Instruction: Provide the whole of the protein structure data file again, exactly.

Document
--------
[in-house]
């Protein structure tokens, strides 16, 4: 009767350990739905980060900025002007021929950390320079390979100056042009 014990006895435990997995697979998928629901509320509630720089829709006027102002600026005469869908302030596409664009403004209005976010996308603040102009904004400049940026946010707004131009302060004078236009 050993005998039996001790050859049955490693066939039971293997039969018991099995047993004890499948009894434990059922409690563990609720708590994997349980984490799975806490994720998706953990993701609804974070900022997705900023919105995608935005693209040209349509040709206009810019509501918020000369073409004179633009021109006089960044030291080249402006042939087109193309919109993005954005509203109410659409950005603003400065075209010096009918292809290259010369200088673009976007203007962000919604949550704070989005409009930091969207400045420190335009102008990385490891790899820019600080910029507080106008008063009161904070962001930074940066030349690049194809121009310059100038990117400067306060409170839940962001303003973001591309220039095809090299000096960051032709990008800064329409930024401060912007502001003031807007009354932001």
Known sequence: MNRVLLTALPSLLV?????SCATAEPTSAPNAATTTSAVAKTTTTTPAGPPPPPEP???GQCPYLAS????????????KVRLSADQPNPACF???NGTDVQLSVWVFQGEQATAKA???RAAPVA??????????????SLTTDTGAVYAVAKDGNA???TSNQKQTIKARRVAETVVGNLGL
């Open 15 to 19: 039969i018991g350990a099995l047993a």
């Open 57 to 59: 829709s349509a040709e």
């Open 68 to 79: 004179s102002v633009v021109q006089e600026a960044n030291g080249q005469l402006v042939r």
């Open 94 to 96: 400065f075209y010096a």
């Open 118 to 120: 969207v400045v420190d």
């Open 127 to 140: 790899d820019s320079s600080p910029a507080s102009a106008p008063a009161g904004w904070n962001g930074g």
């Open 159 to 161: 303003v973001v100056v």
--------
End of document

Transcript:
[in-house]
């Protein structure tokens, strides 16, 4: 009767350990739905980060900025002007021929950390320079390979100056042009 014990006895435990997995697979998928629901509320509630720089829709006027102002600026005469869908302030596409664009403004209005976010996308603040102009904004400049940026946010707004131009302060004078236009 050993005998039996001790050859049955490693066939039971293997039969018991099995047993004890499948009894434990059922409690563990609720708590994997349980984490799975806490994720998706953990993701609804974070900022997705900023919105995608935005693209040209349509040709206009810019509501918020000369073409004179633009021109006089960044030291080249402006042939087109193309919109993005954005509203109410659409950005603003400065075209010096009918292809290259010369200088673009976007203007962000919604949550704070989005409009930091969207400045420190335009102008990385490891790899820019600080910029507080106008008063009161904070962001930074940066030349690049194809121009310059100038990117400067306060409170839940962001303003973001591309220039095809090299000096960051032709990008800064329409930024401060912007502001003031807007009354932001």
Known sequence: MNRVLLTALPSLLV?????SCATAEPTSAPNAATTTSAVAKTTTTTPAGPPPPPEP???GQCPYLAS????????????KVRLSADQPNPACF???NGTDVQLSVWVFQGEQATAKA???RAAPVA??????????????SLTTDTGAVYAVAKDGNA???TSNQKQTIKARRVAETVVGNLGL
């Open 15 to 19: 039969i018991g350990a099995l047993a």
């Open 57 to 59: 829709s349509a040709e």
């Open 68 to 79: 004179s102002v633009v021109q006089e600026a960044n030291g080249q005469l402006v042939r």
């Open 94 to 96: 400065f075209y010096a």
């Open 118 to 120: 969207v400045v420190d």
């Open 127 to 140: 790899d820019s320079s600080p910029a507080s102009a106008p008063a009161g904004w904070n962001g930074g």
């Open 159 to 161: 303003v973001v100056v």